By Jesse Last
Sunday afternoon, I found myself inspired by Hillary Clinton. It was not what she said in her speech – as usual, her mastery of policy impressed me – but rather how she connected with me. She explained that making change in this country is a task that no single person, even the President, can accomplish alone. Instead, she argued, it will demand the hard work of individual citizens. She stated that while she would promote clean energy, she would also ask us to conserve. While she would work to improve our schools, we as parents would need to read to our children and support their study. And while she would push for Universal Healthcare, she would want us to take more responsibility for keeping healthy. I felt respected, challenged and above all involved.
In short, Hillary took Obama’s message of change and emphasized the small, but hugely important, individual contributions we must make in transforming America. This co-opting of his rhetoric is serious business, at least for me as an Obama supporter. When I consider what initially drew me to Obama, it was his proposed *process* of change as well as the change itself. He seemed ready to set aside partisanship in serving the greater good, and he asked that I and all other Americans regardless of race, gender, and political affiliation join one another in doing the same.
Recently, he seems to have turned up the “change” volume but neglected the “individual contribution” sound, and now his message feels slightly out of tune. When I watch him speak on television, I see the crowd cheer with an incredible fervor. And there is nothing inherently wrong with such passion – friends who have heard him speak attest to the enthusiasm he generates. I just wish I did not feel as though I were watching a rally bordering on a revival. We need soaring rhetoric in a world of depressed resignation, but such rhetoric should be filled with content. I want to hear more about his proposals (I know he has them, I’ve checked!) Even more than policy, I want to hear more of his original humility, more of his reaching out to me, asking me to not only support him but to support the incredible work that is confronting global warming, restoring the country’s security and standing in the world, and improving our economy.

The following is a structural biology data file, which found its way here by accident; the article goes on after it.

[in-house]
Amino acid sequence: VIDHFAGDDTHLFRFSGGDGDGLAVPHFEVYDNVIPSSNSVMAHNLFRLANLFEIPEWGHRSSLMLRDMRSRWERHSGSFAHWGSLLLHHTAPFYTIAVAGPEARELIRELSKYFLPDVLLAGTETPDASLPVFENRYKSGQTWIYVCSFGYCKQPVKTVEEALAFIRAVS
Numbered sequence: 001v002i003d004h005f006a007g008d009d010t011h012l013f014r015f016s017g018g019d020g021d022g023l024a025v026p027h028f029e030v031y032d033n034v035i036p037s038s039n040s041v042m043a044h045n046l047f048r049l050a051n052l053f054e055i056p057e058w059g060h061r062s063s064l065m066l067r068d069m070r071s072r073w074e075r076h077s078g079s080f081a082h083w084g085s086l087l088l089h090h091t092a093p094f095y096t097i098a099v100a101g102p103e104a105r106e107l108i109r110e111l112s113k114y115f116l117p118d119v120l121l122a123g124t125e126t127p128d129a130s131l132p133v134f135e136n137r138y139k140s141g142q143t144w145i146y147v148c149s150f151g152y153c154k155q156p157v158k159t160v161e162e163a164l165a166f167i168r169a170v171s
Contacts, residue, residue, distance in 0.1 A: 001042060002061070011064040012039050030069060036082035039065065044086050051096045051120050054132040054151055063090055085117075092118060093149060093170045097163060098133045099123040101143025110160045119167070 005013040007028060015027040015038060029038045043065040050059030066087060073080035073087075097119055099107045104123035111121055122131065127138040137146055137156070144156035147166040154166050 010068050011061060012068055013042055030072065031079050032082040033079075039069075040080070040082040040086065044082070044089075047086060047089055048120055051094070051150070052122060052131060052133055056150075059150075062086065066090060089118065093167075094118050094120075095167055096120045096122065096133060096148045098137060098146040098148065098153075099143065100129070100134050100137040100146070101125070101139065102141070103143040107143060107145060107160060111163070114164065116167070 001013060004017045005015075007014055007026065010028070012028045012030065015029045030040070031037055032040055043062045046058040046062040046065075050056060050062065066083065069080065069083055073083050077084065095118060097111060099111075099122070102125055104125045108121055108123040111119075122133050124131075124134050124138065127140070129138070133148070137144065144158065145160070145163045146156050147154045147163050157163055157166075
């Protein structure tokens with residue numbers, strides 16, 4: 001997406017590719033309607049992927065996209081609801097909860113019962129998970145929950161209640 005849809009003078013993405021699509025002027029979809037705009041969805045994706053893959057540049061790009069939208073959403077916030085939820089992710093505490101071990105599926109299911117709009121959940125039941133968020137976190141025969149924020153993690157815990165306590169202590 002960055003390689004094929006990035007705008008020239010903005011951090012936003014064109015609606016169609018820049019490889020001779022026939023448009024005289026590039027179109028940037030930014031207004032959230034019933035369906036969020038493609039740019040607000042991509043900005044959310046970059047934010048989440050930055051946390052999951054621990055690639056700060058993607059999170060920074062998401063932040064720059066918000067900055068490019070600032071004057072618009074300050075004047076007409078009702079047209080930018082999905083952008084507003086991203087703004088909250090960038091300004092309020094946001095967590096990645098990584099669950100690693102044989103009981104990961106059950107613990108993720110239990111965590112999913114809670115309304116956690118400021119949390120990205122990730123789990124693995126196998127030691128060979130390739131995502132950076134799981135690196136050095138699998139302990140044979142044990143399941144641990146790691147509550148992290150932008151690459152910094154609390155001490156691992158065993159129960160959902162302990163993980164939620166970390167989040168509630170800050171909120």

I’m pretty young – sadly, I never got to see John F. Kennedy speak. But I have read his quotes and even watched recordings of several of his speeches. And no matter how many times I hear it repeated, Kennedy’s appeal to my better self still gives me shivers: “And so, my fellow Americans: ask not what your country can do for you—ask what you can do for your country. My fellow citizens of the world: ask not what America will do for you, but what together we can do for the freedom of man. Finally, whether you are citizens of America or citizens of the world, ask of us the same high standards of strength and sacrifice which we ask of you. With a good conscience our only sure reward, with history the final judge of our deeds, let us go forth to lead the land we love, asking His blessing and His help, but knowing that here on earth God’s work must truly be our own.”
I think our country is ready for this message of strength and sacrifice again. During the last eight years, very little has been asked of many of us, while too much has been asked of a few. While our soldiers have died or returned scarred by war, the President has encouraged those at home to continue in self-indulgent spending. And I think we have; I think I have. We have consumed more than we can afford and now find ourselves in debt. We have let the terrorists terrify us and our government take away fundamental freedoms and civil liberties. Above all, we have allowed ourselves to believe that we are helpless – that it is the role of the President to make our most important decisions for us.
Obama has challenged the idea that we as a nation are somehow too weak or too unwilling to think for ourselves and to sacrifice for the larger good. He has showed us the respect borne of high expectations. He has inspired us with his hope and his faith in a better America, and asked that we as citizens work to make it a reality. We have responded. Record numbers have turned out to cast their votes, including many groups traditionally skeptical of the political process. As of the most recent primaries, we continue to do so, and Obama continues to win States.
Now, I am concerned that he is losing the core of his message – the one that Hillary appropriated so well on Sunday. My hope for Obama is that he will return to expressing the principles that gave him his initial momentum. I want to be invited back into our project of renewing America – only not through giving money or cheering madly at rallies. I want to be invited back by his telling me, honestly, what he sees as the central problems in our country today, and what, precisely, he plans to do about them. And I want him to let me know that his vision includes a role for me, one of service as well as privilege, in making it a reality.
Jesse Last grew up in Massachusetts, attended Pomona College in California, and lives and works in Santa Fe, New Mexico. As a Truman Scholar, he is passionate about public service and interested in energy, sustainability and finance.